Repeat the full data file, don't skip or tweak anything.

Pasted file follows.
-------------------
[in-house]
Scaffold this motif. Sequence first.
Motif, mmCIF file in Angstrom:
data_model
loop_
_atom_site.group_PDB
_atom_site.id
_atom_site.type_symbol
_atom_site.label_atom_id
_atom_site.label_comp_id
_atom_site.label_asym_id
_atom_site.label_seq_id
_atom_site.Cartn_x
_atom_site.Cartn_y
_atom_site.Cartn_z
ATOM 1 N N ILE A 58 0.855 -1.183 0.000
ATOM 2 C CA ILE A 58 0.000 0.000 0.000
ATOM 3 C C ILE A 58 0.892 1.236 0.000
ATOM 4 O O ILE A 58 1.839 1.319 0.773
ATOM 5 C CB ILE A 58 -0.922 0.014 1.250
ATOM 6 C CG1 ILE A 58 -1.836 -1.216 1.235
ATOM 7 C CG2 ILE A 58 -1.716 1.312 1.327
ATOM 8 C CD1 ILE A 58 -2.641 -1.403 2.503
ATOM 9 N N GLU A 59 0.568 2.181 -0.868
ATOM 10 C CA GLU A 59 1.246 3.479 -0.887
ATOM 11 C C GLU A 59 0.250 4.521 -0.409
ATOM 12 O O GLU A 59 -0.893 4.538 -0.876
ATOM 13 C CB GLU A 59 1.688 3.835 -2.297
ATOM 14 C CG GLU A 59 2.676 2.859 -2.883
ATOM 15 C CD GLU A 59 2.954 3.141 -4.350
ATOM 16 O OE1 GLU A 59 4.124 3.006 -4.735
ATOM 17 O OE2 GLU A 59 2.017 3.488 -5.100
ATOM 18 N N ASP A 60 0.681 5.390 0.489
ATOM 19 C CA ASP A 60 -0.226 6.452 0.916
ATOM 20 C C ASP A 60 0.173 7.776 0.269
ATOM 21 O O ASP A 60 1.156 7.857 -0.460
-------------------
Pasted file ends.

[in-house]
Scaffold this motif. Sequence first.
Motif, mmCIF file in Angstrom:
data_model
loop_
_atom_site.group_PDB
_atom_site.id
_atom_site.type_symbol
_atom_site.label_atom_id
_atom_site.label_comp_id
_atom_site.label_asym_id
_atom_site.label_seq_id
_atom_site.Cartn_x
_atom_site.Cartn_y
_atom_site.Cartn_z
ATOM 1 N N ILE A 58 0.855 -1.183 0.000
ATOM 2 C CA ILE A 58 0.000 0.000 0.000
ATOM 3 C C ILE A 58 0.892 1.236 0.000
ATOM 4 O O ILE A 58 1.839 1.319 0.773
ATOM 5 C CB ILE A 58 -0.922 0.014 1.250
ATOM 6 C CG1 ILE A 58 -1.836 -1.216 1.235
ATOM 7 C CG2 ILE A 58 -1.716 1.312 1.327
ATOM 8 C CD1 ILE A 58 -2.641 -1.403 2.503
ATOM 9 N N GLU A 59 0.568 2.181 -0.868
ATOM 10 C CA GLU A 59 1.246 3.479 -0.887
ATOM 11 C C GLU A 59 0.250 4.521 -0.409
ATOM 12 O O GLU A 59 -0.893 4.538 -0.876
ATOM 13 C CB GLU A 59 1.688 3.835 -2.297
ATOM 14 C CG GLU A 59 2.676 2.859 -2.883
ATOM 15 C CD GLU A 59 2.954 3.141 -4.350
ATOM 16 O OE1 GLU A 59 4.124 3.006 -4.735
ATOM 17 O OE2 GLU A 59 2.017 3.488 -5.100
ATOM 18 N N ASP A 60 0.681 5.390 0.489
ATOM 19 C CA ASP A 60 -0.226 6.452 0.916
ATOM 20 C C ASP A 60 0.173 7.776 0.269
ATOM 21 O O ASP A 60 1.156 7.857 -0.460